Ice fishing review

MILF: Man, I love fishing! Glenna Haug via Unsplash

grab a pail and hit the ice

When you think of the perfect weekend, what does it entail? For some of us, it may involve relaxing on the beach, getting a tan. For others, it may involve a self-care weekend with a Starbucks coffee in one hand and a great book in the other. For some people, a perfect weekend involves going ice fishing with some friends and catching some fresh fish for dinner that night. This week, the Carillon is going to take you through a review and experience of what it is like to go ice fishing in Saskatchewan.

I have been going ice fishing for most of my life, which means I have a couple of stories in my mind. What do you imagine when you think of the ice fishing sport? Does it make you think of wearing all the winter gear possible, sitting on a pail over a hole? Basically, that is exactly what the experience is.

When you go ice fishing, you want to make sure you have the essentials. For me, this is what it entails: a pair of long johns or leggings and a long sleeve for your base layer, a good standard sweat suit, and an outer layer that involves boots, ski pants, winter coat, mittens, toque, and some hand/boot warmers. Now that you have enough winter gear to feel like you are walking around like a marshmallow, it is time to go fishing.

My family typically fishes in shallow water. We normally try to stay in the range of 20-30 feet deep to catch some walleye. Once you find your spot, you have to get it ready. What is a good way to get the perfect ice fishing hole? The standard way to do it is with an auger. You can go all out and get an electric or gas motor, or can go old fashioned style.

Now that you have drilled a hole, what is next? You bring out an ice fishing rod and put some bait on it – a minnow will do the trick. Now turn away, vegans (or if you are squeamish). You can puncture two holes through the spine and back out, or you can go through the spine then slightly near the head (no matter who you ask, though, they will have a different technique – trust me on that). Once you have the bait on the hook, you have to make sure you get deep enough to find some fish. You can do that by letting out your line. Once it gets a bit curly or wavy, then you know you are at the bottom. Stop letting out the line and reel a bit up. Now you just have to sit until you feel that bite.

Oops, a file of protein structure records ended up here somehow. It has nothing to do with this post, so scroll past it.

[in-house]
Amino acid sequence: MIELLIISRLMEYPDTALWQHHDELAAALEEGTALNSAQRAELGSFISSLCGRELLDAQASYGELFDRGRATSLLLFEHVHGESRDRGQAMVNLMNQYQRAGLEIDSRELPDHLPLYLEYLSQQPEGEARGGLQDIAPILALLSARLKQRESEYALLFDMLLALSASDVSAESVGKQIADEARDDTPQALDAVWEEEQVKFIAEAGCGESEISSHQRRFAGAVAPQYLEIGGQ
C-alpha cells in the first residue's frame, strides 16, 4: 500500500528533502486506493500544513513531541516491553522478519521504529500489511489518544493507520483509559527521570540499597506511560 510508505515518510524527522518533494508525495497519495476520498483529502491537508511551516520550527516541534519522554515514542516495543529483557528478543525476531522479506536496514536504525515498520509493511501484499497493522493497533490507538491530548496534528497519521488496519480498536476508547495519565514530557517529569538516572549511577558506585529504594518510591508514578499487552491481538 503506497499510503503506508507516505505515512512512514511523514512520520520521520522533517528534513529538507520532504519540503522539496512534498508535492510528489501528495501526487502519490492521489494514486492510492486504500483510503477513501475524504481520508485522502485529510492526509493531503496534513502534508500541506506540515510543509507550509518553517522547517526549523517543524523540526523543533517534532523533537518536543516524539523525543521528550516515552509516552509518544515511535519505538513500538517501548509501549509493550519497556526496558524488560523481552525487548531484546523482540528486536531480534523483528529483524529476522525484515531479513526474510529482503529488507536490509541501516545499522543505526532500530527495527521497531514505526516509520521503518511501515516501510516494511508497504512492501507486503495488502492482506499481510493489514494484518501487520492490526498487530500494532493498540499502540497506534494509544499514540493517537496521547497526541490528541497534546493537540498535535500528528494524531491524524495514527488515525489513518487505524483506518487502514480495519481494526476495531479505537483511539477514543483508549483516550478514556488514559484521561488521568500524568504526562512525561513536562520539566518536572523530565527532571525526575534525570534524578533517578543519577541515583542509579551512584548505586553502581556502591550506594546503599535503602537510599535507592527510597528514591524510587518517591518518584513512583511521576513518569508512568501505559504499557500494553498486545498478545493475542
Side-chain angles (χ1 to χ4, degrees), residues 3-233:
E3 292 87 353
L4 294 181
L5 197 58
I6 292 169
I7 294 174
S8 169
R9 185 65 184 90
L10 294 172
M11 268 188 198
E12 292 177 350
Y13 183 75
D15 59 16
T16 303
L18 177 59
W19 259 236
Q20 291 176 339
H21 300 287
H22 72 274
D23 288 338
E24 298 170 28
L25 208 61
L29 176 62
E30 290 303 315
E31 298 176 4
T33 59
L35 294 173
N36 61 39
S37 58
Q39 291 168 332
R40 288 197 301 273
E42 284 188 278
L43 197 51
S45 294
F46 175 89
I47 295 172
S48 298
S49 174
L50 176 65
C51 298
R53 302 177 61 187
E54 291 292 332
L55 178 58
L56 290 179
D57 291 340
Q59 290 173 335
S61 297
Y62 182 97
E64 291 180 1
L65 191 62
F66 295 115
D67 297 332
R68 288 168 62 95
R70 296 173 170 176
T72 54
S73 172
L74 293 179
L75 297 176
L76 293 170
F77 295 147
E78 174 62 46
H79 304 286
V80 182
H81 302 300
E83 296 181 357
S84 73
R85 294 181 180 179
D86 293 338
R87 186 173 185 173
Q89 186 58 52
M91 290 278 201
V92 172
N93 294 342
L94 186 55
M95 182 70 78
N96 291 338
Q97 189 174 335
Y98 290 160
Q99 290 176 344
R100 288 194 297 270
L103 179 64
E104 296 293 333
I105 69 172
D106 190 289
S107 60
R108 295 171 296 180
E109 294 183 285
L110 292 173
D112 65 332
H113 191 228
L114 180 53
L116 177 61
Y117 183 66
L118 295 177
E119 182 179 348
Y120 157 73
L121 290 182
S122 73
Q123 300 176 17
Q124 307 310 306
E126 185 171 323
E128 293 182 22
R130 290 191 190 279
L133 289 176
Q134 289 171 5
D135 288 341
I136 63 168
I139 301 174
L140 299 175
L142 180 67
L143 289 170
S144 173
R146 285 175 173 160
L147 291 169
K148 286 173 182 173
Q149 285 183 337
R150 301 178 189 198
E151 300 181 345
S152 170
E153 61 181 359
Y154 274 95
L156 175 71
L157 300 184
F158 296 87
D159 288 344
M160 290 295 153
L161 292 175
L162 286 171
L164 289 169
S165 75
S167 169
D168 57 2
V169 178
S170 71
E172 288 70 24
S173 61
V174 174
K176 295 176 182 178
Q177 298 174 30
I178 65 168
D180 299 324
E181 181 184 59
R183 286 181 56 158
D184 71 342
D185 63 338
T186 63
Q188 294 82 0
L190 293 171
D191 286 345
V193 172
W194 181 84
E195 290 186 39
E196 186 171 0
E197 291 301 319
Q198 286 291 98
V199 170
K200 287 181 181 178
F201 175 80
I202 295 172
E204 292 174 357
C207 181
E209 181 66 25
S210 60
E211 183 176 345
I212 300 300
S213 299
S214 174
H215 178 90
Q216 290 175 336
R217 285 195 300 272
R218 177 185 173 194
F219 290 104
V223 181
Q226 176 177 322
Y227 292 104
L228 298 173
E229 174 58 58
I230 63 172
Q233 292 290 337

Once you feel a nibble on your line, tip the rod just a little towards the hole to make sure they suck in all your bait. Then, time to set your hook! Make sure you don’t reel in too fast; that’s what my dad and grandfather always taught me. You should reel a bit, then make sure your line is still tight and with the fish still attached. Once you bring the fish out of the hole, it is time to bring the fish off the hook. For some of us, this may be the worst part; for some of us, it is the best part! You want to grab the top fin with the base of your hand to make sure you have a good grip. That way it cannot squirm away! Now time to take it off the line. You can decide to keep it or put it back in the water.

Then you keep going! That is the experience of ice fishing, a pretty classic Saskatchewan sport. Go catch some fish. Go take part in an outdoor sporting activity and tell us all about it next issue. The Carillon would love to hear about it!


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